covered by the NDF definition, but a few simple routines are provided for accessing and
manipulating named extensions, and for reading and writing the values of components
stored within them.
2.2 Overview of the NDF_ Routines
The NDF access routines described in this document all have names of the form:
identifies the operation which the routine performs. These routines provide facilities for performing
the following types of operation on NDF data structures:
- Obtaining access to NDFs, for both input and output.
- Creating and deleting NDFs.
- Enquiring about the attributes of NDFs, including their shape and size.
- Enquiring about the attributes of NDF components.
- Reading, writing and resetting NDF component values.
- Enquiring about (and flagging) the presence of bad pixels in NDF components.
- Accessing and handling quality information associated with NDFs.
- Modifying the attributes of NDFs (including their shape and size) and the attributes of
their components (such as their numeric type).
- Reading, writing and resetting the values of axis arrays and other axis components
associated with NDFs.
- Modifying the attributes of NDF axis components (such as the numeric type of axis
- Controlling the propagation of NDF components to output data structures.
- Creating, deleting and enquiring about NDF extensions, and obtaining access to
components stored within extensions.
- Controlling the propagation of NDF extensions to output data structures.
- Selection and management of sections which refer to subsets or super-sets of NDFs.
- Merging the attributes of NDFs to match the processing capabilities of specific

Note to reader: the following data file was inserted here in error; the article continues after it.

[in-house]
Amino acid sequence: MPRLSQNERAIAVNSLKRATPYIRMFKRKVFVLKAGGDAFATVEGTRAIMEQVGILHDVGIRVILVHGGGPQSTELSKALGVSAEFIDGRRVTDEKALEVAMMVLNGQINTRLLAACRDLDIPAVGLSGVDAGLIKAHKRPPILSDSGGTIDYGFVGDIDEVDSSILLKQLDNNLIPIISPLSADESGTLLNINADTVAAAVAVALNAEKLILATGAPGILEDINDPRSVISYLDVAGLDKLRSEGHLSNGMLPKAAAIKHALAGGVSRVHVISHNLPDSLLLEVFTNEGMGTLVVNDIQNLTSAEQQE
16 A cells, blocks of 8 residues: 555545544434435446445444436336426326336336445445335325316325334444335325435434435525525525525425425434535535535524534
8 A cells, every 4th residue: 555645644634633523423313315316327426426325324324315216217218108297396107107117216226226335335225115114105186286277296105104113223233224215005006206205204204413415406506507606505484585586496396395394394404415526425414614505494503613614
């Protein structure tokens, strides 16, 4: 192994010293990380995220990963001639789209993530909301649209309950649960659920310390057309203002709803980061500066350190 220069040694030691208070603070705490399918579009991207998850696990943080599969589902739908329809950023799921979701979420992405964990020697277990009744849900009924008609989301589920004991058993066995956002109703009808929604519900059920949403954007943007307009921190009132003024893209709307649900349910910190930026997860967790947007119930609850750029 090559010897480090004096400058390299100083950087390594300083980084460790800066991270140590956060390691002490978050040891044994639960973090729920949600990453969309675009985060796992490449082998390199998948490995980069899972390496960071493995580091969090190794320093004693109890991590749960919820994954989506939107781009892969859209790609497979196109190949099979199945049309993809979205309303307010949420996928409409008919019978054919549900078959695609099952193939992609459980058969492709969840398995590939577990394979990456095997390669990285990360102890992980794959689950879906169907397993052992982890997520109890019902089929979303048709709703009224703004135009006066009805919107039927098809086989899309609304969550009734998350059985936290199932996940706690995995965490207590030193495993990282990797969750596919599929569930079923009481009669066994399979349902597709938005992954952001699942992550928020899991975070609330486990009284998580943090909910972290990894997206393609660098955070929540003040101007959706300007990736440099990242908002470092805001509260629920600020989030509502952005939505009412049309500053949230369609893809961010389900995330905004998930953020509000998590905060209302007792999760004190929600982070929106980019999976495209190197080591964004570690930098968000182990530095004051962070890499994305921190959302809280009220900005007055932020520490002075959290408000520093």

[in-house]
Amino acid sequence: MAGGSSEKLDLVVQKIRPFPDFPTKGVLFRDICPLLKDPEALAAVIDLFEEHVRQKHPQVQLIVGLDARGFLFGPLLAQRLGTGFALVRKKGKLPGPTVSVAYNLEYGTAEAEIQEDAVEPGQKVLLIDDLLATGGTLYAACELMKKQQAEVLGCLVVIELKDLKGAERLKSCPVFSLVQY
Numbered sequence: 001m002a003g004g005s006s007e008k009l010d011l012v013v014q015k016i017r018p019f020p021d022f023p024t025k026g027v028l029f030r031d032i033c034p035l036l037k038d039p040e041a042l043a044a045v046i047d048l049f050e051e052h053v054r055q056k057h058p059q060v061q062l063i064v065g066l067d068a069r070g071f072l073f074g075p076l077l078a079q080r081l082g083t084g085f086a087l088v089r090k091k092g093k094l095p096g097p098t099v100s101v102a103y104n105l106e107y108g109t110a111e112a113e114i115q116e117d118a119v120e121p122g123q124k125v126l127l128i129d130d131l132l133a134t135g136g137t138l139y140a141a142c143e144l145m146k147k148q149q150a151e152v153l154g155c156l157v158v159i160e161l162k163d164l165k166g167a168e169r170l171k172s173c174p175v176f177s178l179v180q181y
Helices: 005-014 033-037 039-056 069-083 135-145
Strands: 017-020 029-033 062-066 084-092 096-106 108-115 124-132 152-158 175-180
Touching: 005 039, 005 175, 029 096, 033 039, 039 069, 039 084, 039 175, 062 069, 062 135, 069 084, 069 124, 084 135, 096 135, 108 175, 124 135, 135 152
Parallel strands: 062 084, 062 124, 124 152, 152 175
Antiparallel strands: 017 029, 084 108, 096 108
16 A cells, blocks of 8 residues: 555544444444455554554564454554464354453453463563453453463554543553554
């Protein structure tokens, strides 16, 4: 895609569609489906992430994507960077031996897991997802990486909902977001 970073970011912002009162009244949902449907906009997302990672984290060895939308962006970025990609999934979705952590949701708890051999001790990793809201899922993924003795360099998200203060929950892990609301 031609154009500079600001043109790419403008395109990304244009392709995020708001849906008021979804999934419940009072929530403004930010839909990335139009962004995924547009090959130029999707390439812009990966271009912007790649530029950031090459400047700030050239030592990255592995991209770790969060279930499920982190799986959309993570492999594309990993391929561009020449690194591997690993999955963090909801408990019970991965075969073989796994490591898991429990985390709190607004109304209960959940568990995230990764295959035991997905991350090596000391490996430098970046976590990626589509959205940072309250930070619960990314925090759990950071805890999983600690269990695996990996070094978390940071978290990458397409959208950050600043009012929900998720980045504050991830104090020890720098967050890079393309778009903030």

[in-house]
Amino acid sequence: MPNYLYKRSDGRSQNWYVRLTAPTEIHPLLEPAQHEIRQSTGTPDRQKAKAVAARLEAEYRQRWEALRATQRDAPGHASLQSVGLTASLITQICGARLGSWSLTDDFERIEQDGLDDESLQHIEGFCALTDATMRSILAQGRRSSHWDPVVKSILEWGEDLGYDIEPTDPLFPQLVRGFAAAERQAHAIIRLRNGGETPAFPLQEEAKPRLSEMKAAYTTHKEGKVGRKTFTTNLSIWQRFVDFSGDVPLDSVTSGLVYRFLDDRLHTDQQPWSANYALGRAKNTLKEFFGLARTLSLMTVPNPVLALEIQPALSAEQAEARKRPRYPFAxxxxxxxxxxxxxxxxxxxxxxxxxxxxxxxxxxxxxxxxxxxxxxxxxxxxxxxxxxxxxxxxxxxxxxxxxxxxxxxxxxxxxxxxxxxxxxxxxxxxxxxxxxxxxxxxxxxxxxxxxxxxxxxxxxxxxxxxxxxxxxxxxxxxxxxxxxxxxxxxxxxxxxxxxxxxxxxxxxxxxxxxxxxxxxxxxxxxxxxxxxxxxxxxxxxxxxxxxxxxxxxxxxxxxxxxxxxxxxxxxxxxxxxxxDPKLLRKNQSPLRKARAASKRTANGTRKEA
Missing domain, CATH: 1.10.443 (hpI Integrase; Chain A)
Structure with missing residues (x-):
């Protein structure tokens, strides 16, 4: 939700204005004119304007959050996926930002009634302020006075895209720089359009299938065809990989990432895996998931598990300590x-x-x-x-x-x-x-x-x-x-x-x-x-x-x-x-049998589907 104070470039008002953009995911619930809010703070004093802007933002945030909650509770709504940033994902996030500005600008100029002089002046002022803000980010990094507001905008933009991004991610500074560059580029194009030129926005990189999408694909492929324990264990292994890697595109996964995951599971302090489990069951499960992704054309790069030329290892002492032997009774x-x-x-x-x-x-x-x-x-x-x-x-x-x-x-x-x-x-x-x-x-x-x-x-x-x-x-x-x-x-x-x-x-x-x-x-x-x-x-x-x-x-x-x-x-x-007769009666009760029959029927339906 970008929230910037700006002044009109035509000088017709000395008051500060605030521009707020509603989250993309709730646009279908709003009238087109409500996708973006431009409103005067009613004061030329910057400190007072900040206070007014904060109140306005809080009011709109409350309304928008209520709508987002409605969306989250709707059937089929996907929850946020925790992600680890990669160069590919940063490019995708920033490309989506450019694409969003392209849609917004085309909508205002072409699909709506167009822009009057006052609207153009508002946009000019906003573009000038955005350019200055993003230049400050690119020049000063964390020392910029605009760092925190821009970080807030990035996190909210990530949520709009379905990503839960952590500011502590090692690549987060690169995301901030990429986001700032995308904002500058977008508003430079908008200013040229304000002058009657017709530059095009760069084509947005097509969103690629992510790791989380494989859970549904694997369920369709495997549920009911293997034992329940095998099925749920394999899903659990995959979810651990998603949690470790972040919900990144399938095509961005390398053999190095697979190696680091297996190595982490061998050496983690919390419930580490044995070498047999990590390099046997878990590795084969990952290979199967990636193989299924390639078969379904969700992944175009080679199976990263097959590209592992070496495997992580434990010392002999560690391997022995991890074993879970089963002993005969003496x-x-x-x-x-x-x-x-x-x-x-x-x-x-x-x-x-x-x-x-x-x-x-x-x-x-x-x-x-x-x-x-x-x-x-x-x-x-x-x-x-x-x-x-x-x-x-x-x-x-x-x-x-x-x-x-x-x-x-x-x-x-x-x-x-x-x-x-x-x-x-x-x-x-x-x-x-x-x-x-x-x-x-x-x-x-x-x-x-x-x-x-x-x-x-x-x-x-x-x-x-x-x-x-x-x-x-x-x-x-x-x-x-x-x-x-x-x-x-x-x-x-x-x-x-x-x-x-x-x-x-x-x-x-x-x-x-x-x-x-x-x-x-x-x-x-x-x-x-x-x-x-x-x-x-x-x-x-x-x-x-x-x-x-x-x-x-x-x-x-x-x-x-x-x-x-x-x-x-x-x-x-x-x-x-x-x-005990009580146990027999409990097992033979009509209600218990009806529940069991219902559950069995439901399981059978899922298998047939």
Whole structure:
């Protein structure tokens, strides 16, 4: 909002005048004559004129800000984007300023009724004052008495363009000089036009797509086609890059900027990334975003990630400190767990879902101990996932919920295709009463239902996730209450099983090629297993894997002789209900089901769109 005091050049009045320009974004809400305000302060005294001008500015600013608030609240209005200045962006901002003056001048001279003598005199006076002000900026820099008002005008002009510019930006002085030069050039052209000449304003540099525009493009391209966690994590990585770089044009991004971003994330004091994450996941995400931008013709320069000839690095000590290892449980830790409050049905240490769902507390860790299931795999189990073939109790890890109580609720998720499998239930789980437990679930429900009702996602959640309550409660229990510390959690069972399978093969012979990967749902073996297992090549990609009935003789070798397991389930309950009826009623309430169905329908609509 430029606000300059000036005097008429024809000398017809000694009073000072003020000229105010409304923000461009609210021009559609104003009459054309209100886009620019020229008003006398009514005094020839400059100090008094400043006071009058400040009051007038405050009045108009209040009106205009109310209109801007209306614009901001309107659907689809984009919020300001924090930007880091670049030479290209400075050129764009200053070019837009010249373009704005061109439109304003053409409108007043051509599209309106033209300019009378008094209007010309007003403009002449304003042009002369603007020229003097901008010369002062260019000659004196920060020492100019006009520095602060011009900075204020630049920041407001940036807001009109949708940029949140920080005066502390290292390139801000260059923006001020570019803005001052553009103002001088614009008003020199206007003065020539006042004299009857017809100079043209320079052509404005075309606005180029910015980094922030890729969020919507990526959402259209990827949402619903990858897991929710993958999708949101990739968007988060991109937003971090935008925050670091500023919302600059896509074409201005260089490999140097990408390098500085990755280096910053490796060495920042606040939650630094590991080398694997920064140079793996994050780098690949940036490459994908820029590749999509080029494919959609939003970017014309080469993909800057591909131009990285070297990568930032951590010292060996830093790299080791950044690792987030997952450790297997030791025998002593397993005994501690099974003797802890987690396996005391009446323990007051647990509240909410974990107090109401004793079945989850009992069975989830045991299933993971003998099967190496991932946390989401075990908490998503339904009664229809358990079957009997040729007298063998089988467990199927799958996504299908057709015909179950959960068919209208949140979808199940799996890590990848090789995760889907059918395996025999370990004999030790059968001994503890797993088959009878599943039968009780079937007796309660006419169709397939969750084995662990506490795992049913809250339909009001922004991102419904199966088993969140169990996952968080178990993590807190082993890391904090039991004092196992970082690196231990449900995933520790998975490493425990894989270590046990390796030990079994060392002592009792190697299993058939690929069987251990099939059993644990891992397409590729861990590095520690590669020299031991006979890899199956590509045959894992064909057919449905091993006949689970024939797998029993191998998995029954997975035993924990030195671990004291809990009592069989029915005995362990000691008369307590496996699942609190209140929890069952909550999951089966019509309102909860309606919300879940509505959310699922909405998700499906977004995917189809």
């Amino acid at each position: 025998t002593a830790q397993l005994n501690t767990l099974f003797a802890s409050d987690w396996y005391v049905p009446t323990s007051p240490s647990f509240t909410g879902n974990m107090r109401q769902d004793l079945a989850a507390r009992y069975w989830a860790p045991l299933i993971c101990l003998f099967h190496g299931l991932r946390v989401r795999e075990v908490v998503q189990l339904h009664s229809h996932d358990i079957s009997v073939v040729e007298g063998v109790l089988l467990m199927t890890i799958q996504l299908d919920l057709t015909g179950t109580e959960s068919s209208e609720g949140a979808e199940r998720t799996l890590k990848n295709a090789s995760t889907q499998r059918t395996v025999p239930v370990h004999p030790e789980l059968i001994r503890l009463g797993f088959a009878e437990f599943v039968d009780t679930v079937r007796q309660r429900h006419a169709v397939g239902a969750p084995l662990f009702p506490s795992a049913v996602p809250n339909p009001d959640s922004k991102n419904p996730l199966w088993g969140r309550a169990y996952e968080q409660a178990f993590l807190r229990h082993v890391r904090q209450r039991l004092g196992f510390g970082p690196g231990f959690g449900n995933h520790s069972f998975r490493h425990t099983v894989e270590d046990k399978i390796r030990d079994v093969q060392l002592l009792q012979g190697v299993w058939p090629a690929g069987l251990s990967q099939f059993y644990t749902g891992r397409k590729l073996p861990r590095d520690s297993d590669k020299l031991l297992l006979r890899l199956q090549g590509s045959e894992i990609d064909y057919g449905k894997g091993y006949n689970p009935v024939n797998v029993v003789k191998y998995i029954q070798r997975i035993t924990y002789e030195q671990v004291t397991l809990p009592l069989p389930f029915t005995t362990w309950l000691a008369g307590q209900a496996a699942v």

- Importing and finding NDFs held in HDS container files and copying of NDFs between
different HDS locations.
- Recording, accessing and deleting information about the processing history of an NDF.
- Constructing messages about NDFs.
- Controlling access to NDFs.
A full description of each routine can be found in Appendix D of this document.
2.3 Error Handling
The NDF_ routines adhere throughout to the standard error-handling strategy
described in SUN/104. Most of the routines therefore carry an integer inherited status
argument called STATUS and will return without action unless this is set to the value
when they are invoked. When necessary, error reports are made through the ERR_ routines in the
manner described in SUN/104. Where exceptions to this general behaviour exist, they are noted in the
appropriate subroutine descriptions in Appendix D.
2.4 Overview of a Typical Application
The following contains an example of a simple application which uses the NDF_ routines to add the
data arrays of two NDF data structures to produce a new NDF. This is not quite the simplest “add”
application which could be written, but is close to it. Nevertheless, it will do a good job, and will
respond correctly to unforseen circumstances or conditions which it is not designed to handle by
issuing sensible error messages.
The intention here is simply to give a flavour of how the NDF_ routines are used, so don’t worry if
you don’t understand all the details. The example is followed by some brief programming notes
which include references to other relevant sections of this document which can be consulted if
necessary. If you are interested, a more sophisticated “add” application with extra commentary can
also be found in §A.7.
SUBROUTINE ADD( STATUS ) 
INCLUDE ’SAE_PAR’ 
INTEGER STATUS, EL, NDF1, NDF2, NDF3, PNTR1( 1 ), PNTR2( 1 ), PNTR3( 1 )
* Check inherited global status and begin an NDF context.
IF ( STATUS .NE. SAI__OK ) RETURN 
CALL NDF_BEGIN 
* Obtain identifiers for the two input NDFs and trim their pixel-index
* bounds to match.
CALL NDF_ASSOC( ’IN1’, ’READ’, NDF1, STATUS ) 
CALL NDF_ASSOC( ’IN2’, ’READ’, NDF2, STATUS )
CALL NDF_MBND( ’TRIM’, NDF1, NDF2, STATUS ) 
* Create a new output NDF based on the first input NDF.
CALL NDF_PROP( NDF1, ’Axis,Quality’, ’OUT’, NDF3, STATUS ) 
* Map the input and output data arrays.
CALL NDF_MAP( NDF1, ’Data’, ’_REAL’, ’READ’, PNTR1, EL, STATUS ) 
CALL NDF_MAP( NDF2, ’Data’, ’_REAL’, ’READ’, PNTR2, EL, STATUS )
CALL NDF_MAP( NDF3, ’Data’, ’_REAL’, ’WRITE’, PNTR3, EL, STATUS )
* Check that the input arrays do not contain bad pixels.